The power of the people

Crowdsourcing can take on just about any size or shape possible to the imagination.

From paying for a surgical procedure to finding the best gas prices in town, people can turn to the masses to help achieve their goal. Even a resource many people use every day is entirely crowdsourced: Wikipedia.

Crowdsourcing is used to collect money, ideas and more from the public to achieve different tasks. Art by Nathanael Lewis
Crowdsourcing is used to collect money, ideas and more from the public to achieve different tasks. Art by Nathanael Lewis

These examples may be completely rational, but that is not the case for all cases of crowdsourcing. This past summer, a user named Zack Danger Brown, asked for ten dollars to make a potato salad on crowdfunding site Kickstarter. After one week, he raised $50,000.

Appealing to the masses can be effective and efficient.

Yvan Rodrigues, 40, uses crowdsourcing regularly in his work as a technology consultant.

“As a software developer, I am always finding ways to use computers to automate tasks or solve problems; yet there are so many tasks that can be accomplished more quickly and accurately by humans,” Rodrigues said.

For instance, Rodrigues employed three of four people to accurately categorize thousands of countertop designs and colours. This made the seemingly massive task manageable and affordable.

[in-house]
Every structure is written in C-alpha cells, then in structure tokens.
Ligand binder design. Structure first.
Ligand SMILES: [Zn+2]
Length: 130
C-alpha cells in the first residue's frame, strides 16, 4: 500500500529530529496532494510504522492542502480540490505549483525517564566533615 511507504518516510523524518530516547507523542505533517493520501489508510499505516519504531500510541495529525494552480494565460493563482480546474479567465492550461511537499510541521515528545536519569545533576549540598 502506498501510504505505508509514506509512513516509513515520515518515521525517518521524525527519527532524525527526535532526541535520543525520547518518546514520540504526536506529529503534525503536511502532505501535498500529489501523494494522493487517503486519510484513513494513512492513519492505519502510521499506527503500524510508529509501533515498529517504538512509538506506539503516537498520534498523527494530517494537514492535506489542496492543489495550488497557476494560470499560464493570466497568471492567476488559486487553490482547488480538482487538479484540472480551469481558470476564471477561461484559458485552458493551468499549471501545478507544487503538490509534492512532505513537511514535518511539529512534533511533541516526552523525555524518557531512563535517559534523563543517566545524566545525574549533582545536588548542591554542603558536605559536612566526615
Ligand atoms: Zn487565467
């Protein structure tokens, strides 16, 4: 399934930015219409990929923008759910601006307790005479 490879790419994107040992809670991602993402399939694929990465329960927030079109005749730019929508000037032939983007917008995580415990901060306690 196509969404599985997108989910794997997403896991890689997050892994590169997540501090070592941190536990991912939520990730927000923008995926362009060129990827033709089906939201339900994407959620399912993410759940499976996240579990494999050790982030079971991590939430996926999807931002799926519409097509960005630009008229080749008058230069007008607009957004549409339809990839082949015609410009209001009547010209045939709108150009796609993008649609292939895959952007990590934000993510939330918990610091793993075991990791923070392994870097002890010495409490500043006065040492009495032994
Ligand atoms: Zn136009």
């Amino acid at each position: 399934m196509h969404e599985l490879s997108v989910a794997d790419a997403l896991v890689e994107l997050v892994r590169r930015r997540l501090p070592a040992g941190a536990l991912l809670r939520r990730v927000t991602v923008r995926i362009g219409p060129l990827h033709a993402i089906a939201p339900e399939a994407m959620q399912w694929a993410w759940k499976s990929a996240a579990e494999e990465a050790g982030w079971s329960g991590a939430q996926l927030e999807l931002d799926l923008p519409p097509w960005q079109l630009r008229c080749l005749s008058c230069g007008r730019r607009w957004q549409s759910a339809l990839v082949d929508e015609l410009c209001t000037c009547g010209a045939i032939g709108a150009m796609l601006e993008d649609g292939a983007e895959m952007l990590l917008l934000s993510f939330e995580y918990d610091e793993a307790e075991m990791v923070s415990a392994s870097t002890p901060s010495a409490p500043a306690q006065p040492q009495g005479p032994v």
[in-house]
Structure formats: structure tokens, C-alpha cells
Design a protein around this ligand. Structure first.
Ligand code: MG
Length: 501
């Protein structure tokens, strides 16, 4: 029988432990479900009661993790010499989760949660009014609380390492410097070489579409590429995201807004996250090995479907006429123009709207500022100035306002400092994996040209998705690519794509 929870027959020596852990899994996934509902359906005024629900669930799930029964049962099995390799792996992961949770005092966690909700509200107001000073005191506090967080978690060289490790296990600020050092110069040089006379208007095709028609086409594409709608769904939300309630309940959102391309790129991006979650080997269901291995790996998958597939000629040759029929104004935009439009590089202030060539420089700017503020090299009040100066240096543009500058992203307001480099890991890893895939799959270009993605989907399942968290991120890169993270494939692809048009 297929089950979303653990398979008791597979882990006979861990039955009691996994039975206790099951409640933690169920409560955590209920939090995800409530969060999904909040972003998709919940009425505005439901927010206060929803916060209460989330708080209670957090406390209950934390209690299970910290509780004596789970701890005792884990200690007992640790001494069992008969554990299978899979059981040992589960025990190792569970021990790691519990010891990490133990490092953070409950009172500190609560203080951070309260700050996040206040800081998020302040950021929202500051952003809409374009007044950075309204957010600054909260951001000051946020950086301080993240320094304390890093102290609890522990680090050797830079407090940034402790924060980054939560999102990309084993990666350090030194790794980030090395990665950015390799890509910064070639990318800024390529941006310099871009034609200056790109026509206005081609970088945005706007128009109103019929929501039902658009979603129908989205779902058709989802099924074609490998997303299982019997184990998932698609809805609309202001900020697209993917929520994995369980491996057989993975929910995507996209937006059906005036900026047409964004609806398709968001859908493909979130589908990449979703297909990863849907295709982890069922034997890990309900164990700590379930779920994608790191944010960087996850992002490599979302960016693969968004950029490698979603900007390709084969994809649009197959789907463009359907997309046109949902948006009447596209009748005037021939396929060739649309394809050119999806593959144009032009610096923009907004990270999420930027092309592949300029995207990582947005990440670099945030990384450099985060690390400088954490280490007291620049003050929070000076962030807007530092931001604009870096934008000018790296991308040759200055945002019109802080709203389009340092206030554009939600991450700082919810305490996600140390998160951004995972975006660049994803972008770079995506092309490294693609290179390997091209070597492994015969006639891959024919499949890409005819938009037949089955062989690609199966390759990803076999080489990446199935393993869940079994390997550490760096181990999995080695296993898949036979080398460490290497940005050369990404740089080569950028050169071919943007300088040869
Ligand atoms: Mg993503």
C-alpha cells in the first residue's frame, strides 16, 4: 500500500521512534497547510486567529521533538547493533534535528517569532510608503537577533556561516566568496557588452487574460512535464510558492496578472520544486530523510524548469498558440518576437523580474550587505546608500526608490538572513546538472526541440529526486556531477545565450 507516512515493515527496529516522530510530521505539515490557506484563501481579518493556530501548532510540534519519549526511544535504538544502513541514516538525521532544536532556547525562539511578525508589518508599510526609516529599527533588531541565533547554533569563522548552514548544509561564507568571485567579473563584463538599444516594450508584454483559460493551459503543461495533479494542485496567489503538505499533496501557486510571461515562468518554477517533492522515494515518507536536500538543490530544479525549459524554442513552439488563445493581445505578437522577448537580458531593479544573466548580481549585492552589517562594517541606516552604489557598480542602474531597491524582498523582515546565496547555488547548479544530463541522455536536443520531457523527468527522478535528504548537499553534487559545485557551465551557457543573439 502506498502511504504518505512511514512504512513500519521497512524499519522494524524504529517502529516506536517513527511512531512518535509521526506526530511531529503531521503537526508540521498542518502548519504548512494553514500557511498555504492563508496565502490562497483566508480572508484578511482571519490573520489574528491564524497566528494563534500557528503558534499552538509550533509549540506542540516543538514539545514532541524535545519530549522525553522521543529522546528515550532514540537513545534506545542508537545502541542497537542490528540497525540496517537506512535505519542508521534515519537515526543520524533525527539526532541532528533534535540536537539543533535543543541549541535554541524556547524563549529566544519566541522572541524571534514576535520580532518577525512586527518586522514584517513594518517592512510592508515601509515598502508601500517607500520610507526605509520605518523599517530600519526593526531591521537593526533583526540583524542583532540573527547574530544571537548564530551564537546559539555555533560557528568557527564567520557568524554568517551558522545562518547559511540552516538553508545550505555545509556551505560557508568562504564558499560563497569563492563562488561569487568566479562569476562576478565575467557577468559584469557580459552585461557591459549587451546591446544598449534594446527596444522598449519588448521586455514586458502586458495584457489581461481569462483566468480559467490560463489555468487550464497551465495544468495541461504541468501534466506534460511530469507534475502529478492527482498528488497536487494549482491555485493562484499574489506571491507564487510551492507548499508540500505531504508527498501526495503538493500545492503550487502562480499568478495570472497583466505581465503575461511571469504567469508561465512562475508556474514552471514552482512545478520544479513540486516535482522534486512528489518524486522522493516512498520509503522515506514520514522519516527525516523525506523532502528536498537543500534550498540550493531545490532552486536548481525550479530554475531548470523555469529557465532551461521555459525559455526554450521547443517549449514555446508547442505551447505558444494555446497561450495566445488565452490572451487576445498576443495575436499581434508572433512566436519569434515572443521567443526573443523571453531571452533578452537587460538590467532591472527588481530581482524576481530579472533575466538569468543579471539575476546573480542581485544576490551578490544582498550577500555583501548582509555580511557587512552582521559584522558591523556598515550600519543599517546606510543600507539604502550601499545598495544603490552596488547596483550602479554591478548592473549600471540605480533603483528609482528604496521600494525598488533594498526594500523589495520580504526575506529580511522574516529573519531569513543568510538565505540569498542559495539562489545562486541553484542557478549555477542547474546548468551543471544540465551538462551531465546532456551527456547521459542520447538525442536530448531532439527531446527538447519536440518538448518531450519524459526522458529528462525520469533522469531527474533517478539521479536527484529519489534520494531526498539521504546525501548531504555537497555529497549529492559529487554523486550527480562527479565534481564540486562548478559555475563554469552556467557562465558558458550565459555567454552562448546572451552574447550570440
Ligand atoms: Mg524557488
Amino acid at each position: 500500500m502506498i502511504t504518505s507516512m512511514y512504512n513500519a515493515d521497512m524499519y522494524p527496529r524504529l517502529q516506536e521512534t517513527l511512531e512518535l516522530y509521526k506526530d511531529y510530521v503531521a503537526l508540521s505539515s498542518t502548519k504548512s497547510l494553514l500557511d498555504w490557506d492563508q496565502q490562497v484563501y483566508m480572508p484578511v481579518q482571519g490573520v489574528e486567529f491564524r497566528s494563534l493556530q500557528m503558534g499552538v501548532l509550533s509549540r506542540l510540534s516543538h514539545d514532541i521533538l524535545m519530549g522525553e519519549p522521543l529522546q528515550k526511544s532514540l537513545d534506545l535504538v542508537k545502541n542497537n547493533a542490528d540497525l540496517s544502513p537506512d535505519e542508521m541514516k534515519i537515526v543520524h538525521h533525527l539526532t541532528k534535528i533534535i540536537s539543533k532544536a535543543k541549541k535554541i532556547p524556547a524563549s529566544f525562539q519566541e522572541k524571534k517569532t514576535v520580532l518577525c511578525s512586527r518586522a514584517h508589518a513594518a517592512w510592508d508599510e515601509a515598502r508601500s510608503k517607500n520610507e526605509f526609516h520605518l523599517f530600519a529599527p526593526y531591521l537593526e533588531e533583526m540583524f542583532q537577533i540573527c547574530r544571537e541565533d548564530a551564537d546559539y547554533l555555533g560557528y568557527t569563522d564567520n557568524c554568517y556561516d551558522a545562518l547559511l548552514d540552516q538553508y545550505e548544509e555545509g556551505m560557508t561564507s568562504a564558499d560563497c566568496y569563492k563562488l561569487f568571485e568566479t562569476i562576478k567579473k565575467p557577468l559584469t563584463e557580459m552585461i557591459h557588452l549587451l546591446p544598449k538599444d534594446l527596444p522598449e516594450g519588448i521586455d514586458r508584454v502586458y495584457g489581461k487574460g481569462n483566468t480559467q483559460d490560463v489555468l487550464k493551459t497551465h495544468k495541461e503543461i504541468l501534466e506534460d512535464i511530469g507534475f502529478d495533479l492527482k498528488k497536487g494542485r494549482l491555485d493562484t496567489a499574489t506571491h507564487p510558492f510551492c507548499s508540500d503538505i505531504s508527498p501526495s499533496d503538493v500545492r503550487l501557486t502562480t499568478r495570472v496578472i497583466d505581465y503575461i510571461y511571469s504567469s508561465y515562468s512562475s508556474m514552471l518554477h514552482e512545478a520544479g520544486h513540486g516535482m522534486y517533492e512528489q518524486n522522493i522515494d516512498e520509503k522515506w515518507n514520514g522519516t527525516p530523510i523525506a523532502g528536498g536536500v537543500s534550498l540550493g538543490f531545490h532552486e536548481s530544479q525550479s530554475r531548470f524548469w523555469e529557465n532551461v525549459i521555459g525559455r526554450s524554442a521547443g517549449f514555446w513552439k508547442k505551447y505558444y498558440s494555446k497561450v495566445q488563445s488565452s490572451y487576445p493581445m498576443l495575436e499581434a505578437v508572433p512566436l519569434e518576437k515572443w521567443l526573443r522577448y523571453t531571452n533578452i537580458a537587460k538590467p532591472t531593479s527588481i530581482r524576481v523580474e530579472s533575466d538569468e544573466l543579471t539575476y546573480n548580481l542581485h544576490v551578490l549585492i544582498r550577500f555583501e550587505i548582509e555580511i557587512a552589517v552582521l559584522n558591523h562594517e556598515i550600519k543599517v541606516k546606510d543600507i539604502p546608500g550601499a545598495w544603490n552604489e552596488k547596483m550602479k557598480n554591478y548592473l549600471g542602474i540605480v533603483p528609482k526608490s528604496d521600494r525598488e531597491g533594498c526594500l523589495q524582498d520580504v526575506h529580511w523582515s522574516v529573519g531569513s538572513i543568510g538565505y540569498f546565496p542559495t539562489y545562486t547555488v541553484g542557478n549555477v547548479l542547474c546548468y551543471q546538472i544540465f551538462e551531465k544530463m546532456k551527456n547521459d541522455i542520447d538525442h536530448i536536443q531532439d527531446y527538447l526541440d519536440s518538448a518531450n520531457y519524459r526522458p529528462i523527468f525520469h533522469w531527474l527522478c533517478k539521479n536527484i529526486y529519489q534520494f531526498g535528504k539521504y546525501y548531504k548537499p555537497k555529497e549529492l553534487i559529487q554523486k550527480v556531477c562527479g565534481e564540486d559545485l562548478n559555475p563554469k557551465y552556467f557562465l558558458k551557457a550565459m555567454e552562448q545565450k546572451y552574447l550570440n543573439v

Also, Rodrigues mentions another crowdsourced project that most people have participated in without even being aware of it. The security software that requires human users to type misshapen letters and numbers, reCAPTCHA, also often asks the user to type out one clearer word. Typing this word digitalizes publications such as New York Times. Rodrigues cites this free archiving method as a powerful instance of crowdsourcing.

Associate Professor Christopher Schneider provides an unexpected example of crowdsourcing: “crowd-sourced policing”.

Specializing in crime and media, Schneider analyzed 12,587 Facebook postings over the two weeks after the 2011 Vancouver Riot, one of the most documented riots in human history.

Hordes of people posted photos in the hopes of helping the police identify the rioters. People turned over 30 terabytes of digital information to police afterwards, including videos and pictures.

“An image on the internet, on Facebook, might appear as though the person is guilty as hell but resituated into context, maybe what they were doing was totally normal and legit,” Schneider said. For example, someone running away from a car on fire, due to the danger, may appear as the culprit of the crime.

“People are being found ‘guilty’ on the internet, even before the police have done anything at all.”

Crowd-sourced policing, when civilians choose to take on the job of trained police officers themselves, can have serious negative effects.

Innocent bystanders were seen as guilty, youths’ identities were made public which violates the Youth Criminal Justice Act, and rioters who did commit crimes were punished more severely.

One woman who was charged and sentenced for theft during the riot dropped out of university and was fired from three jobs.

“In some ways, the debt that she will pay is life-lasting,” Schneider said.

Even after doing her time, this woman’s name and face are still all over the internet due to the online crowd-sourced policing.

Whether crowdsourcing is used in a positive or negative way, there is no denying the vast power of the people.

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